Photo Caption: Long, thin ‘beans,’ or seedpods, that rattle like maracas are a sure sign that honey locusts are nearby. Some varieties though are fruitless, so also be sure to look for the tree’s compound leaves and plated, gray bark.
Good Natured: Pumpkin Spider
November 15, 2019
Pumpkins at this time of year usually look one of two ways: Plump and firm, or soft and saggy. At my house, I’ve got one of each.
The firm one will probably go outside soon so it can become squirrel food. And the saggy one? Well, she’s going to stay right where she is, on the kitchen counter. With her egg sac by her side. Because she’s not just a pumpkin, but a pumpkin spider, Araneus marmoreus. And her arrival was a dream come true.
A couple Fridays ago I got a call from Linda Ostrander in Batavia. She said she had been raking leaves and found what she first thought was a child’s ring-something, she thought, that had fallen off a Halloween costume the night before. It was brightly colored and pretty large, about the size of a small gumball, with a splendidly intricate pattern. She picked it up to admire it but, surprise surprise! The ring sprouted legs and ran across her hand before plunging back into the leaves.
Not particularly fond of spiders, but o-so curious about this wondrous creature, Linda captured it in a deli cup. She and her husband Terry did some research on orange spiders in October in Illinois, and it wasn’t long before they realized what they’d found. Even better, they decided to share their good fortune!
That’s where the dream-come-true part comes in. I can’t tell you how long I’ve searched to find a pumpkin spider of my very own. I came close about four years ago when I found an orange spider in October at Starved Rock State Park. Like the Ostranders’ spider, that big girl was an orbweaver, but she lacked the other identifying marks of A. marmoreus.
Alas, my fruitless searches continued. Until two weeks ago. In an act of generosity I’m still struggling to comprehend, Linda not only called me up to share the news of her find, but also shared the actual spider-deli cup and all!
At first I faced a bit of moral dilemma. I’ve a firm believer in keeping wildlife in its place. Little good and, often, lots of bad can come when animals get moved around willy nilly. But in this case I made a spur-of-the-moment decision. Knowing that more cold temperatures were on the way, I decided to adapt my thinking and adopt Ms. Pumpkin Spider, so that others could learn from and about her.
Also known as the marbled orbweaver, marmoreus is one of many Araneus species that call our area home. True to their common name of orbweaver, Araneus gals spin quintessential round, or orb, webs that feature straight rays supporting a spiral of sticky silk. (Fun fact: depending on species, spiders can produce up to seven different types of silk. Each kind has a distinct purpose, such as providing shelter, catching prey or protecting eggs. Spider silks are strong, resilient and altogether amazing. But I digress.)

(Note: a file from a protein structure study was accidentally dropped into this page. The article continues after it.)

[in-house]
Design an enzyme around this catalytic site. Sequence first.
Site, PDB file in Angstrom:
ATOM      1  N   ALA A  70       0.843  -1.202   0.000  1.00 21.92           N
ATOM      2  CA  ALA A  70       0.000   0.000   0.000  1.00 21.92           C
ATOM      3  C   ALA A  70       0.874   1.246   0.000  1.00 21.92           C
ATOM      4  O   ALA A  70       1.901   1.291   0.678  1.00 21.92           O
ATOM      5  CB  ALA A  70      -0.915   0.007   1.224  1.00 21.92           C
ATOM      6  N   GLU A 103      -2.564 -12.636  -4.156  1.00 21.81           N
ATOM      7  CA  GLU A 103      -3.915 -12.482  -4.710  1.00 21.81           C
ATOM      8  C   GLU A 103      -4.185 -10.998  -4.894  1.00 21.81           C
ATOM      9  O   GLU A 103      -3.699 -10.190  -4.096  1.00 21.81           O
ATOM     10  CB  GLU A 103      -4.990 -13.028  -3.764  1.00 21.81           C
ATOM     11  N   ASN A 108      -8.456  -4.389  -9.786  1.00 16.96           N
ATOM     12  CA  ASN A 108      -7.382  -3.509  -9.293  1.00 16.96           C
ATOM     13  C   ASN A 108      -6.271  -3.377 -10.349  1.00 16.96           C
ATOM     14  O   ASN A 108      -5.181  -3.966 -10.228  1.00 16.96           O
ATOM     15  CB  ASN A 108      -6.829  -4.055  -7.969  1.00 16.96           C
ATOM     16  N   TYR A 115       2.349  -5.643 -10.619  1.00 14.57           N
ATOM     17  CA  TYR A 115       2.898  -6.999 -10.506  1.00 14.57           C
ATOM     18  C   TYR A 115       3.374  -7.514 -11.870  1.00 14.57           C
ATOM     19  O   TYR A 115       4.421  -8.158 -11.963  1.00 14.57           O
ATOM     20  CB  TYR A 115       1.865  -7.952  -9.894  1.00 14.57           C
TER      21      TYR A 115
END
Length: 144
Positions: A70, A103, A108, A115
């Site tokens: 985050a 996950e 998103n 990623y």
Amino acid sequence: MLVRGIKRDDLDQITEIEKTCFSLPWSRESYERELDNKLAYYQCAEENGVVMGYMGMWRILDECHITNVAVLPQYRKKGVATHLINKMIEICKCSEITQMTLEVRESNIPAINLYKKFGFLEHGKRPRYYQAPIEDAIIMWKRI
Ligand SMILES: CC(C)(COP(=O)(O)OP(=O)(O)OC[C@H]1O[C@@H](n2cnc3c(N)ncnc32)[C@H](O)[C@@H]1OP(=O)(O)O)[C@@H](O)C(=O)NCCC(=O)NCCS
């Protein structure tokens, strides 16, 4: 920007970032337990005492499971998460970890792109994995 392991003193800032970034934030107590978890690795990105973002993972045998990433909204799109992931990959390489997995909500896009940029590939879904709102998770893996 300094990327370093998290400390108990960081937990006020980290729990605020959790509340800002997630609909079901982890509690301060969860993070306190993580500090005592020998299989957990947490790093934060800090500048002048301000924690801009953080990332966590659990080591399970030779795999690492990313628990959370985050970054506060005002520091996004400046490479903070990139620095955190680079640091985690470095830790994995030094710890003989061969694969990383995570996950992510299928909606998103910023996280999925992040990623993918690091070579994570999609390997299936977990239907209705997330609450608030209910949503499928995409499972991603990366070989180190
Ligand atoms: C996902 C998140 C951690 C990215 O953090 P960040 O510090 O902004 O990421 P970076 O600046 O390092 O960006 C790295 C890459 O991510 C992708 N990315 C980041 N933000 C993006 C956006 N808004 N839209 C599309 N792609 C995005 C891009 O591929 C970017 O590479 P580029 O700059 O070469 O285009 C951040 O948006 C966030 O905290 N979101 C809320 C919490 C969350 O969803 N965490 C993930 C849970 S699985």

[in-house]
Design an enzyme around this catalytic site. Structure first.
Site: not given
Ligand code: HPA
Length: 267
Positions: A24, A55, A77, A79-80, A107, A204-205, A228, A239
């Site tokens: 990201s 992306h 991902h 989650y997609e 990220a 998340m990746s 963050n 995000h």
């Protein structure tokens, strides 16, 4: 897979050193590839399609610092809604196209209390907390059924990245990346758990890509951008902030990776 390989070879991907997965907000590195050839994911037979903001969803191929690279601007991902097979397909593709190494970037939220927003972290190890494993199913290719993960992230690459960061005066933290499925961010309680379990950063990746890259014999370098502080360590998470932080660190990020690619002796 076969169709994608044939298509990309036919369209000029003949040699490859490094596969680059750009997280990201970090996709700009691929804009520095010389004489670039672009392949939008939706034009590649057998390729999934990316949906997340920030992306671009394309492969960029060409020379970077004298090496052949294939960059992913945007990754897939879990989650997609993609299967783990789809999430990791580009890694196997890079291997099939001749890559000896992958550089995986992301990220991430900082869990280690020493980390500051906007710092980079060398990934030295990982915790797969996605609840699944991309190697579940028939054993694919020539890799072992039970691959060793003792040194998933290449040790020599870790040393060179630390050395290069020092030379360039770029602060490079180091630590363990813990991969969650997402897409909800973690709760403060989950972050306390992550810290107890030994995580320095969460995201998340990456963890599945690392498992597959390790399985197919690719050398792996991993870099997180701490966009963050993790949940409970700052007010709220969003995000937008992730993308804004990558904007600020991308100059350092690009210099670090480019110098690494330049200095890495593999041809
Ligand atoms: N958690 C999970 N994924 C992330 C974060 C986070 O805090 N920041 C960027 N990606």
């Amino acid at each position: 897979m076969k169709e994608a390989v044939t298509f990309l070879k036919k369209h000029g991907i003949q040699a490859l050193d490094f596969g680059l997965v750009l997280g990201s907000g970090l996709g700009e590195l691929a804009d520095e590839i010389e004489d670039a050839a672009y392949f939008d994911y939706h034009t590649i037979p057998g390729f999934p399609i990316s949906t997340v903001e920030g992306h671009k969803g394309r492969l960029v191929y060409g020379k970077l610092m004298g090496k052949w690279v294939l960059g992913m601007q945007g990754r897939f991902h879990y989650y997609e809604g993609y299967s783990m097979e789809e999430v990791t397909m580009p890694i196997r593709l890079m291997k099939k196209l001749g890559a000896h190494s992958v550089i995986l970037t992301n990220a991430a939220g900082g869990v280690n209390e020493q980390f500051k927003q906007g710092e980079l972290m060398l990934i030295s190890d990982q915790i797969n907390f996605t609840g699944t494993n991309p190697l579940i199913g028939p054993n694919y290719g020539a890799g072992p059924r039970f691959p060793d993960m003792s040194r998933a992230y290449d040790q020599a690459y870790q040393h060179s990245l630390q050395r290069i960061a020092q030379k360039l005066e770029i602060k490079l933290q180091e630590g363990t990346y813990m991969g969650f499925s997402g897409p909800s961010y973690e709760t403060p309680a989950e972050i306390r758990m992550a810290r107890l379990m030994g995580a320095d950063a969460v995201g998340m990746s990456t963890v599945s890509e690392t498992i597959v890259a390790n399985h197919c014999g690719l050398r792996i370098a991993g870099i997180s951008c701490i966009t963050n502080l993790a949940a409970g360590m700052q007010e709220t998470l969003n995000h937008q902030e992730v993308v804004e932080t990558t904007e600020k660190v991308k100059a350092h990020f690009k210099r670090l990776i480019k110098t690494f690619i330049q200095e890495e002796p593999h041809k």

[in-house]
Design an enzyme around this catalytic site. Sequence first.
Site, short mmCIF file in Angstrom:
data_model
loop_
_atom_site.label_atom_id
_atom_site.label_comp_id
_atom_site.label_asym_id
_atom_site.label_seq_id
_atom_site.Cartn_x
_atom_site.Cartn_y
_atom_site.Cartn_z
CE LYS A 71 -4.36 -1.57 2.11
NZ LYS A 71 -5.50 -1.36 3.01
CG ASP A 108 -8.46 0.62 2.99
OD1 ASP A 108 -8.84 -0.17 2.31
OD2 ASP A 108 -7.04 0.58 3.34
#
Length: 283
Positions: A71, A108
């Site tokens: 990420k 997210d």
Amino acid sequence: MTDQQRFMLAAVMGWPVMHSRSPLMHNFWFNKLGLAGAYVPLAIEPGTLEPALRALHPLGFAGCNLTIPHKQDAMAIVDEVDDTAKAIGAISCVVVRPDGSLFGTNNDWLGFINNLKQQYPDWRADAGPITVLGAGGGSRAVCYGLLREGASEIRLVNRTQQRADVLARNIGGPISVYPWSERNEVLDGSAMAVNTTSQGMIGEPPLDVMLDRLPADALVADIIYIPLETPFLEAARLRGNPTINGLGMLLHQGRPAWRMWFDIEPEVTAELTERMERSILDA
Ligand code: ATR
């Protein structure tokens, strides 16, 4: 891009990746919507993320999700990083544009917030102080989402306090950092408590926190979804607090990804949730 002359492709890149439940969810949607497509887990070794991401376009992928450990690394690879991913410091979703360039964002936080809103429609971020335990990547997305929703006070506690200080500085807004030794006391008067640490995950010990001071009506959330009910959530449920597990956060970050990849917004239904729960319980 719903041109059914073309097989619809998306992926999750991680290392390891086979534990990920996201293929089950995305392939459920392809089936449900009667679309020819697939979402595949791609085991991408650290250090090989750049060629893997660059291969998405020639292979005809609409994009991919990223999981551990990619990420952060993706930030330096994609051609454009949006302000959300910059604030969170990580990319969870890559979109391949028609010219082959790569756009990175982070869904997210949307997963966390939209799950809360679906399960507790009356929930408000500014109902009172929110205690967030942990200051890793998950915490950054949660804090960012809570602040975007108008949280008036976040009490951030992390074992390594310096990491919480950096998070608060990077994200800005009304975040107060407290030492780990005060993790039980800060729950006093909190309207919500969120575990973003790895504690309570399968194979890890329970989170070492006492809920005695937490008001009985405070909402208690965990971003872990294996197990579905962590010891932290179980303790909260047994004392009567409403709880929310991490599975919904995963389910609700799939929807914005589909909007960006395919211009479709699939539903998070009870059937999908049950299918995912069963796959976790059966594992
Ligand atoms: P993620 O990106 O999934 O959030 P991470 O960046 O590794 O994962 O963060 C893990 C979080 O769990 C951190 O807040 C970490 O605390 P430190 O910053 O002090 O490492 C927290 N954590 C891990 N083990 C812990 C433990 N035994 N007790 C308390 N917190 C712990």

Linda’s pumpkin orbweaver likely spent the summer feeding on insects and other arthropods that became ensnared in her web. She’d repair the web pretty much every night, keeping it in top condition for her survival depended on it. Somewhere along the way, she met a Mr. Spider and, well, let’s just say a future generation was ensured.
By the time Linda found her, Ms. Spider literally was about to burst. Her gumball-sized abdomen was full of eggs. She had one more task on her to-do list, and that was to deposit those eggs and safeguard them with layers of weatherproof silk.
Upon arriving at Casa Otto, Ms. Spider wasted little time. Linda had thoughtfully packed the deli cup habitat with moist leaves, and the bulbous arachnid used them to her best advantage. She quickly created a small lair by using silk to bridge between the opposing sides of a curled leaf.
There she remained for about two days. Then, in what must have been a monumental effort, she deposited what looks to be hundreds of orange eggs. (I suppose here I should add that another item on my wish list is to observe spider egg-laying behavior. This one’s going to have to wait though, because Ms. Spider worked an overnight shift and I missed the whole thing.)
Which brings us up to today. The eggs are surrounded by fluffy silk and Ms. Spider is soft and saggy. She’s wholly uninterested in the habitat I created for her, preferring to stay close to the creation that will be her legacy.
I suspect her orbweaving days are over. If and when she passes, I will place the leaves and egg sac back in the deli cup and, since it seems like a chilly environment would be most natural, put the little nursery in the garage for the winter months. I’ll check on it periodically and keep a close eye next spring as I’m preparing my garden. When the pumpkin seeds begin to sprout, I’ll bet the pumpkin spiderlings will too.
Pam Otto is the outreach ambassador for the St. Charles Park District. She can be reached at 630-513-4346 or email@example.com.